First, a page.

Best mediclaim policies for you

Co-pay lowers the premium, but can be restrictive

How do you buy a health insurance plan? If you just settle with the plan your agent sells or are happy knowing you have bought the cheapest plan, there is a bit of unlearning and a lot of learning in store for you. A health insurance policy packs in several features and caveats. To give you a ready comparison, we designed Mint Mediclaim Ratings (MMR), which was developed by SecureNow Insurance Broker Pvt. Ltd. The full ratings along with the methodology can be seen here:

In the ratings, for family floater plans, we have considered two sum insured amounts ( 10 lakh and 20 lakh) and three age categories in each—eldest insured member is 35, 45 or 65 years old. For individual plans, the age categories are the same but the sum assured is 5 lakh. The newest edition of the ratings (July 2015) also includes individual plans of 5 lakh, 10 lakh and 20 lakh for a person aged 70 years.

This week, we spotlight individual policies with sum assured 5 lakh, where the person is 65 years old.

We also explain some of the important aspects that one should look at while choosing a policy.

Let’s look at copayment.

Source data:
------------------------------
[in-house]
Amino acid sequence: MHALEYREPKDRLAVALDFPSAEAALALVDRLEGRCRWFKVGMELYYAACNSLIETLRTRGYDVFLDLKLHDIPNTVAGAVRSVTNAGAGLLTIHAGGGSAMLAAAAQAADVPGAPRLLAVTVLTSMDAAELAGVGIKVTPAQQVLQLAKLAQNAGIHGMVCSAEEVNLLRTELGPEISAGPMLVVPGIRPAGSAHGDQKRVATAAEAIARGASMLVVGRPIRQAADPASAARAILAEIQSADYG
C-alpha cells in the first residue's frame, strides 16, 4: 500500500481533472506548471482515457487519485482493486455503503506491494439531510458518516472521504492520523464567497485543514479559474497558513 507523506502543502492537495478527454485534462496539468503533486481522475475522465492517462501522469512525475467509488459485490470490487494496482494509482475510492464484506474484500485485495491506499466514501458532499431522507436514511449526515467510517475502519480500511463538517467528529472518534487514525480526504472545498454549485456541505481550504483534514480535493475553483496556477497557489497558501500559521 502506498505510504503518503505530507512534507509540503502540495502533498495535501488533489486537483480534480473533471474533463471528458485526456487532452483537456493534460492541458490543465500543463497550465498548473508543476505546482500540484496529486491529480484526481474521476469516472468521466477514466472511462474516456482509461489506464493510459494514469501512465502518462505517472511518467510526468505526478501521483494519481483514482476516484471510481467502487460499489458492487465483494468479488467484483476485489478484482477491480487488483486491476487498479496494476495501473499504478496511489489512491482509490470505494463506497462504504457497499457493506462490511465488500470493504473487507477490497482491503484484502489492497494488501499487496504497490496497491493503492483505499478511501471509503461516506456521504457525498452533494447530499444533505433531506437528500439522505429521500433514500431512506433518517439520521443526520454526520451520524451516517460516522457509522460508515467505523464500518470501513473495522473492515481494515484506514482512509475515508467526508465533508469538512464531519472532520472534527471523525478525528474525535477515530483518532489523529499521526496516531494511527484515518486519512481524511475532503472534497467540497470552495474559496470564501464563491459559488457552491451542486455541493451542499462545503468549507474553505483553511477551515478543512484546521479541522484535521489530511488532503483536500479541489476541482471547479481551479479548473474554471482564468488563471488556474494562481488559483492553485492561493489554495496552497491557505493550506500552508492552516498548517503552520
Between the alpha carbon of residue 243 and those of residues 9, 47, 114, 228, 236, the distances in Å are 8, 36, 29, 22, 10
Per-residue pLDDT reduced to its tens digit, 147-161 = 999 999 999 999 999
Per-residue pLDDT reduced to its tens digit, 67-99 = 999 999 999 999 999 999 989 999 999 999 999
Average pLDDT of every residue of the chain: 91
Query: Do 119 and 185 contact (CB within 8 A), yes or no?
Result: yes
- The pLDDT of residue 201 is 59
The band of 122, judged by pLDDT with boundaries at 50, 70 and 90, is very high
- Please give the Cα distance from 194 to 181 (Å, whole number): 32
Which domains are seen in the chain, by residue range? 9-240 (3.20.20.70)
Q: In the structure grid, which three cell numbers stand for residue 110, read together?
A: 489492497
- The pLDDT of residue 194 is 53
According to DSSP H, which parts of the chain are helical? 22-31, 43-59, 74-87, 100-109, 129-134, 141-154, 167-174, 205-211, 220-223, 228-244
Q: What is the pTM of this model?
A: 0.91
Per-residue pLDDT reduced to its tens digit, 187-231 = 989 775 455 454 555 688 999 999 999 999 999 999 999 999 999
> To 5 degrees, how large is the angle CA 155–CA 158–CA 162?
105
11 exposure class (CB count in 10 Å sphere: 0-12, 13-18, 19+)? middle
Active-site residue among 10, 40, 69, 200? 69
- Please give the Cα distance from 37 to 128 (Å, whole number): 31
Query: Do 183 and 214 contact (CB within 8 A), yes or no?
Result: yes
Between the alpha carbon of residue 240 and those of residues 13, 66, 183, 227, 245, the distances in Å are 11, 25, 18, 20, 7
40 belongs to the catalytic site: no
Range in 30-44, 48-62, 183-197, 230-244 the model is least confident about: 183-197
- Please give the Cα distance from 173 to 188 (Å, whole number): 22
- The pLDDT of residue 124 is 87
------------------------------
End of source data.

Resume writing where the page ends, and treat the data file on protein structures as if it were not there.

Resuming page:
Co-payment can be linked to age, geography or hospital. In terms of age, for senior citizens, co-payment is usually a regular feature in health insurance plans because they are considered high risk. So, to reduce risk and, hence, the premium, insurers include co-payment. This way when a claim is made, you pay a certain percentage of that amount and lower the burden on the insurer. The second type of co-payment is based on geographies. For who those live in smaller cities, insurers offer plans under which if the policyholder makes a claim in a smaller city, the insurer will pay the entire claim amount. But if the policyholder chooses to go to a bigger city, where the cost of hospitalization is higher, the insurer will expect you to pay a certain percentage of the claim. The rationale is that medical expenses in smaller towns is lower, so insurers charge such policyholders a lower premium with a condition to co-pay if the insured goes to a bigger city for treatment. In the third type of co-payment, co-pay is introduced if you visit a non-network hospital. This helps insurers keep costs in check as it has pre-negotiated rates at network hospitals. Co-pay lowers the premium, but can be restrictive. Hence, policies with no co-pay get the highest score.